"I've been divorced, broke, and didn’t know what to do,” Angaleena Presley says without pity one not-quite rainy morning at The Post East on Fatherland. “I’ve stared that down, thought, ‘Well, I could just knock that iron over, burn it all down, and catch the house on fire.’ ”
She smiles. People are scattered about, drinking coffee, exchanging details of their lives. The raven-haired woman delivers the above with the same intensity as the people talking about dinner, or what they watched on Netflix.
“Songs save my life all the time, both hearing them and writing them,” she continues. “So, I wrote ‘Housewife’s Prayer,’ and I just kept going.”
“Prayer” was on the Pistol Annie’s 2011 platinum Hell on Heels. The Annies are Presley’s trio with Miranda Lambert and Ashley Monroe, both equally known for their brazen artistic convictions. Presley, who opted to stay DIY for her debut, American Middle Class, and her recent release, Wrangled, believes those convictions come with a strong sense of responsibility. To the fans. To the truth. To herself.
The Bette Page-evoking woman, raised in Beauty, Ky., has seen enough private jets and all night van hauls to understand the wages of music. It’s not for glamour, fame, or money; you can only do it to find a reason to believe, or hang on.
“What I do is open doors and make it OK to start conversations about hard things,” she explains. “You know, ‘My son’s on pills,’ ‘My daughter’s a meth whore.’ Because it happens and ‘it’s a shame.’ But it’s not a shame, it’s life.”
Presley shies away from nothing. The child of a coal miner and a schoolteacher, she was raised to be pretty and popular, but found herself gravitating to the punks and outliers when her teenage creative bent hit.
Whip smart, Presley paid attention in that tiny town. The characters she saw turned into songs. Be it the seducing preacher of the slinky “Only Blood,” the failed gold digger of “Mama I Tried,” the fed-up white trash on the jack-hammering “Country,” or the pregnant teen barely holding it together in “High School,” Presley electrocutes the conflict and tears open the shame.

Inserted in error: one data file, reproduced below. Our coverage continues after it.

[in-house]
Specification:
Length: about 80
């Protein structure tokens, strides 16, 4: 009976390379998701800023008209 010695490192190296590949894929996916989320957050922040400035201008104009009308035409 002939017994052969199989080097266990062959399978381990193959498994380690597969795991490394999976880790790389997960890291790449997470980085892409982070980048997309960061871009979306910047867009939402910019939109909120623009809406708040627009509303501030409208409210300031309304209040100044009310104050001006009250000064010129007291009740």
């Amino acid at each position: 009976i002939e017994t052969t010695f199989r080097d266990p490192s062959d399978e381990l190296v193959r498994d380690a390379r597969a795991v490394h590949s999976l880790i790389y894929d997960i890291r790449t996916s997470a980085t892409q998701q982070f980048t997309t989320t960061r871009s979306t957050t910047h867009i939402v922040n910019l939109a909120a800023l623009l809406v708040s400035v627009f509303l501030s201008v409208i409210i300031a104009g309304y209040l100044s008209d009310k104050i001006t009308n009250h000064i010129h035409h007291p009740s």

“I’m 40; I’ve got nothing to lose,” she concedes of her production decisions. “I’ve been in every nook and cranny of this business, and I want to be in this business the way that I am. You’ve got three minutes to change someone’s mood or life. I try not to pigeonhole myself; I want (Wrangled) to be music someone at Berklee (College of Music) would listen to, or my father sitting on the front porch, eating squirrel gravy.”
It’s certainly music outlaws and legends can agree on. Rapper Yelawolf freestyles on “Country,” the late Guy Clark does a recitation at the top of “Cheer Up Little Darling,” and rockabilly siren Wanda Jackson cowrites the rural noir post-hook-up anthem “Good Girl Down.”
“It’s interesting to hear her perspective of when she came up,” Presley says of Jackson. “What stands out is nothing’s really changed about being fair. Here’s a woman who changed everything, who dated Elvis, and she’s still going! When we wrote, she was all done up; she apologized for being late, saying ‘I took a little tumble coming off the plane.’
“Up close, you could see, she’d really had a fall. When I suggested maybe we postpone, she said, ‘You can’t keep a good girl down,’ … and I knew: We had to write that.”
Songs are where she finds them, just like work tapes feature drum parts banged out on a skillet or a pill bottle for shaker. From the ground up, she wants something less polished and more organic. “There’s a vision and sounds I have in my head, and that’s what I’m going to get,” she explains. “When we started mixing, I said, ‘I want this mixed like a Tom Petty record.’ When the mixes came in, there was a guitar way over there (on the left), and there was steel over there (the far left of the sonic palette).”
Mention the prickly observations, the truculent humor, or the tart twang to many of the guitars, or the female gauntlet she runs through the good girl tropes, Presley nods. Not a crusader, she’s just trying to level the playing field.
“This isn’t about girl power, but everyone having a fair chance,” she says. “I want a world where some girl can wake up and still be Loretta Lynn. There are dudes in my hometown, and [what’s on country radio], those are their anthems. I wouldn’t take that away from them for anything. But the girls in those towns need anthems, truths, songs they can live in. Where are they going to get them?”